They Is Us

Tama Janowitz first lit up the literary world with her short-story collection Slaves of New York, which humorously depicted the lives of penniless bohemians living in Manhattan.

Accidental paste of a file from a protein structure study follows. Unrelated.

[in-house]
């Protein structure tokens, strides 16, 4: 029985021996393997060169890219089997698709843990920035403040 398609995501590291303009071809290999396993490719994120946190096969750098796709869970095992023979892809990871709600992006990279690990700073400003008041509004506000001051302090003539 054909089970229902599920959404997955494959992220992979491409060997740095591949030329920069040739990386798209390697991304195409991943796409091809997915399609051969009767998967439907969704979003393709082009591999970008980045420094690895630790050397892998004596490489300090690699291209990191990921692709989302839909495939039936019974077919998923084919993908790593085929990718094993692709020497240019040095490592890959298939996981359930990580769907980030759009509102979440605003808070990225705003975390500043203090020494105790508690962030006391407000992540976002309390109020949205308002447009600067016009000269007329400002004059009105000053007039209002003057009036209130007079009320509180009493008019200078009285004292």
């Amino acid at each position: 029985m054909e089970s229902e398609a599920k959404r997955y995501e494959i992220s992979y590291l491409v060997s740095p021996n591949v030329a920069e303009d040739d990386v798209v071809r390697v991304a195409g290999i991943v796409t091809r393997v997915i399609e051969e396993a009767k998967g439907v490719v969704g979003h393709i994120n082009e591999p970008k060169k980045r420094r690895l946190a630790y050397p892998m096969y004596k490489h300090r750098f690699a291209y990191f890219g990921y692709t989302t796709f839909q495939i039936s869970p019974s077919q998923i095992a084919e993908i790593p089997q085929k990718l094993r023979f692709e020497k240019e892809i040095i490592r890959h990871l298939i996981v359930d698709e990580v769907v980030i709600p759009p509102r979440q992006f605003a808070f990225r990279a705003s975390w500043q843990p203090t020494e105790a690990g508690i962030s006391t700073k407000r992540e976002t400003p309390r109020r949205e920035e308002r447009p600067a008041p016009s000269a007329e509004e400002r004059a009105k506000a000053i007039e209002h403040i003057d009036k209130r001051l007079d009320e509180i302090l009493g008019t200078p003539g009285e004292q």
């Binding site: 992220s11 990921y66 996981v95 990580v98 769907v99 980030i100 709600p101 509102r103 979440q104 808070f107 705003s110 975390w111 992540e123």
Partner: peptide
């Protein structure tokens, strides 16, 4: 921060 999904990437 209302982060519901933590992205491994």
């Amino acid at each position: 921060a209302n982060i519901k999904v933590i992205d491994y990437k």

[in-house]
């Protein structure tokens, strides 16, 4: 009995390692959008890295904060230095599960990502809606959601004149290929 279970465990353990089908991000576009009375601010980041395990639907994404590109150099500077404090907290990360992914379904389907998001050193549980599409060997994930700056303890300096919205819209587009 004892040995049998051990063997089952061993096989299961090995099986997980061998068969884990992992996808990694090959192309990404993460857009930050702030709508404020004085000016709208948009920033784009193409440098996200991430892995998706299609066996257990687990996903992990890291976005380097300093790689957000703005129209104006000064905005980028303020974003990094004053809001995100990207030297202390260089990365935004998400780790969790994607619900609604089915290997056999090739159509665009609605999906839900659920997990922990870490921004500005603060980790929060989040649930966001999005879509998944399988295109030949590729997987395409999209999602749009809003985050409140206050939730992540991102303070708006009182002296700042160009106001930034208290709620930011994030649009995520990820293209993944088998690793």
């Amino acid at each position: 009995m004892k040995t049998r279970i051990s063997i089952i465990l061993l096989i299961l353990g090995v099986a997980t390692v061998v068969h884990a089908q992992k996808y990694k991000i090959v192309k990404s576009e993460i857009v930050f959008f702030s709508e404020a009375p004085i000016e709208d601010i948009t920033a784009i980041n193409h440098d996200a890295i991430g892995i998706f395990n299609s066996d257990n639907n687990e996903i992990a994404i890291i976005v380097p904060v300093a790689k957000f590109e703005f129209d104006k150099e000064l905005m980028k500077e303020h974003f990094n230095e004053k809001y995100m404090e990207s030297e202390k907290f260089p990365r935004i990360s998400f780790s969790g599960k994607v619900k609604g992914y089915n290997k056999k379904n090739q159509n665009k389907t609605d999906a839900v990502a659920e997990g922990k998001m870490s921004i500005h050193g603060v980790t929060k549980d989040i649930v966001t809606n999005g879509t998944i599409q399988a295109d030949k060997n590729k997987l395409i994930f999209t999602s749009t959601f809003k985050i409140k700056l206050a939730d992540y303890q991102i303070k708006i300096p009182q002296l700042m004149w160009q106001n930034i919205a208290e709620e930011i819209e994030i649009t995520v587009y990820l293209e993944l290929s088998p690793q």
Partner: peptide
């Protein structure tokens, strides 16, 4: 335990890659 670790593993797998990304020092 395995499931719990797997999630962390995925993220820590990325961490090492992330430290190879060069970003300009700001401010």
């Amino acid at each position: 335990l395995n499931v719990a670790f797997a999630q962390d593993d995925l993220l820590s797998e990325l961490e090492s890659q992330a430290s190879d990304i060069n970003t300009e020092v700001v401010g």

Janowitz's newest effort shows a dramatic turn toward dystopian science fiction, mixing over-the-top wackiness with a bleak futuristic vision. They Is Us is set in suburban New Jersey at an undisclosed date in the future. Life, as one might imagine, has become grim for Americans. Hyperconsumerism and commercialism are rampant; even the president has his own Home Shopping Network show and charges Americans to vote for which country he should bomb next. Water no longer pours out of faucets and showerheads, having instead been replaced with gelatinous globs of hand sanitizer. ~Living in this world are Murielle and her two teenage daughters, the sweet-natured Julie and the blank-eyed beauty Tahnee. Janowitz remains true to her recurring feminist themes and shows this trio struggling against a society that is still patriarchal. While Murielle throws out her slobby and bumbling second husband, her daughters fall prey to lecherous men. One kidnaps Tahnee for his sexual gratification, while Julie is tricked by an attractive mutant man into shooting down an airplane, causing catastrophe. The book is consistently laugh-inducing, with wry references to our current pop-culture terrain (senior citizens in a retirement community belt out Gwen Stefani "classics"). However, the satire is too hollow to allow for an emotional connection. In the end, nothing but misery and demise await the gloomy characters of Janowitz's work, with little to be found in the way of redemption or perseverance. Still, through her off-the-wall sense of humor, Janowitz successfully critiques the ugly truths of life in America.